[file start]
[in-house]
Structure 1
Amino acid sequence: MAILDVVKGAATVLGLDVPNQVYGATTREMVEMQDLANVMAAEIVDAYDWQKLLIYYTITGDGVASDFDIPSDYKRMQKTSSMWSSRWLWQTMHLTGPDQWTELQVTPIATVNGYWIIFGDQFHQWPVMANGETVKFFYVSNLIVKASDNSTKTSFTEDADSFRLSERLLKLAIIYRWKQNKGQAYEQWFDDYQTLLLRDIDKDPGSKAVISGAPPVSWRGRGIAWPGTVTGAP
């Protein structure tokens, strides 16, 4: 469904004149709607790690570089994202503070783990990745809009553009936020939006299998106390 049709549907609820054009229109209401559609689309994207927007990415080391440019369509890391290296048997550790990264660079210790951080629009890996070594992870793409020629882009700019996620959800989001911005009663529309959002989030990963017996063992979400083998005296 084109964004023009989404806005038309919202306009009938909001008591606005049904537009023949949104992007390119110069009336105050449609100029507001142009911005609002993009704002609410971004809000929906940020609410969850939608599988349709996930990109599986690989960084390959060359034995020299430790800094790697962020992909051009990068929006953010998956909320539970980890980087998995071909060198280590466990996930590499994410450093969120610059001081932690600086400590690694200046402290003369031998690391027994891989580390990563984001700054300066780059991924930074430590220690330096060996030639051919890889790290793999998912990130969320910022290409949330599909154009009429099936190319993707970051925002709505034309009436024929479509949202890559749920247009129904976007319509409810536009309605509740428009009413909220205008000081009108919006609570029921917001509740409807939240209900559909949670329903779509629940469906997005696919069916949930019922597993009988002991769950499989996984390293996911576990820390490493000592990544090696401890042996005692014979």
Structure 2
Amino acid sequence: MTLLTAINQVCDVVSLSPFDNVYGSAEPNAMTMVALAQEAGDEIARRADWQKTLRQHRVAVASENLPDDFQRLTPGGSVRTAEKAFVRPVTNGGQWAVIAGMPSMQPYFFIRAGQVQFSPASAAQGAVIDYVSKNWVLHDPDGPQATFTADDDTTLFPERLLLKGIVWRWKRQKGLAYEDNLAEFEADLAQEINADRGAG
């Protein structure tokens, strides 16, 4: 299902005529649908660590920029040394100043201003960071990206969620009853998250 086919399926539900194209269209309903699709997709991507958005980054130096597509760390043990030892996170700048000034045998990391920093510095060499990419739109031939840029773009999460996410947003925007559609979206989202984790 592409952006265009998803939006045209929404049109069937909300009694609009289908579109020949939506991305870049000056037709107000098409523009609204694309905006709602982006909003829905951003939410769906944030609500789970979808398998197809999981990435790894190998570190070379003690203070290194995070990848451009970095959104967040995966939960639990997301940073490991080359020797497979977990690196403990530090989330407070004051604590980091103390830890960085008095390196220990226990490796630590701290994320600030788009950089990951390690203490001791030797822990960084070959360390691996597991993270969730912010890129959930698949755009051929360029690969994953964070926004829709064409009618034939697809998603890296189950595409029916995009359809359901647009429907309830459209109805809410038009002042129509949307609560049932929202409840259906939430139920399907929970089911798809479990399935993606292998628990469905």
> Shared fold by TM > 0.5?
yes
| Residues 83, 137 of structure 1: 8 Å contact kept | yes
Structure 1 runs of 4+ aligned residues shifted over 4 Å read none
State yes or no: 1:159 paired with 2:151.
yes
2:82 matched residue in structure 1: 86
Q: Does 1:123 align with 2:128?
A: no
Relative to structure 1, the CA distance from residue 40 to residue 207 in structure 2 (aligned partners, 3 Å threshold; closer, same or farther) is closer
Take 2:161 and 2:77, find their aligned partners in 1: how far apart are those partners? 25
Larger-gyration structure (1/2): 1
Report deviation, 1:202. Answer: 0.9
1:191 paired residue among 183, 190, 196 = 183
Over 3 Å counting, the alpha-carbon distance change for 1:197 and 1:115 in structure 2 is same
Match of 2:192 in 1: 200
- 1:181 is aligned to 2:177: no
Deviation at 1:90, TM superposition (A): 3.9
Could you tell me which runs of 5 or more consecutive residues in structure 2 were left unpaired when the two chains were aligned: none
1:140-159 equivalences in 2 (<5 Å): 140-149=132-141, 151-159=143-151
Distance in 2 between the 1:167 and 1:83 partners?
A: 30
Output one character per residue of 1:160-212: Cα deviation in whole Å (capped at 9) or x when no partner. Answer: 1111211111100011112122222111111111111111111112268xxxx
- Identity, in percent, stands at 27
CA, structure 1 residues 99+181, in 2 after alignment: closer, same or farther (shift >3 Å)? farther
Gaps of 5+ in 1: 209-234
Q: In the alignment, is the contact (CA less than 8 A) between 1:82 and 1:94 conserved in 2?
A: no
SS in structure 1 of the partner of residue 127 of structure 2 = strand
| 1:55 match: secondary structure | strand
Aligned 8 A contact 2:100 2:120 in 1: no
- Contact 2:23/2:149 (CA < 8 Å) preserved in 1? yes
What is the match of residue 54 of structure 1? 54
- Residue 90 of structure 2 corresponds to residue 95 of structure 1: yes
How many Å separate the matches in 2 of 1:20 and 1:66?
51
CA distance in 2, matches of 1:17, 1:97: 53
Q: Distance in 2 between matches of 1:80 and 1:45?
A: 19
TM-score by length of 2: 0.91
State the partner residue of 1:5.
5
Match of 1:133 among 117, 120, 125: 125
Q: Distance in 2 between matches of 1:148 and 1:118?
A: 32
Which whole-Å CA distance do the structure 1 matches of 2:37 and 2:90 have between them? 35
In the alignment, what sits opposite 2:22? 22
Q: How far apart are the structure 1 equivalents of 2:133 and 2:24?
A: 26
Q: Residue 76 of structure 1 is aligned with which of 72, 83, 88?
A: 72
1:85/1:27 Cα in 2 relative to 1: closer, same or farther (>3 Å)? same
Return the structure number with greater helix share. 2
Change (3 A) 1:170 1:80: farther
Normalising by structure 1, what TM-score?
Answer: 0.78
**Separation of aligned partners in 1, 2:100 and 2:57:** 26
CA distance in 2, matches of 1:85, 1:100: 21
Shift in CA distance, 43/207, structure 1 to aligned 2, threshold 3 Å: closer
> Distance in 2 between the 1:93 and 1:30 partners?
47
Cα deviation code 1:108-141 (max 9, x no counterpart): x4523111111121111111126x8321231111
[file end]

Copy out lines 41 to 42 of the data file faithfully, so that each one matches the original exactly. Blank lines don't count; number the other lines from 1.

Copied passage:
- Residue 90 of structure 2 corresponds to residue 95 of structure 1: yes
How many Å separate the matches in 2 of 1:20 and 1:66?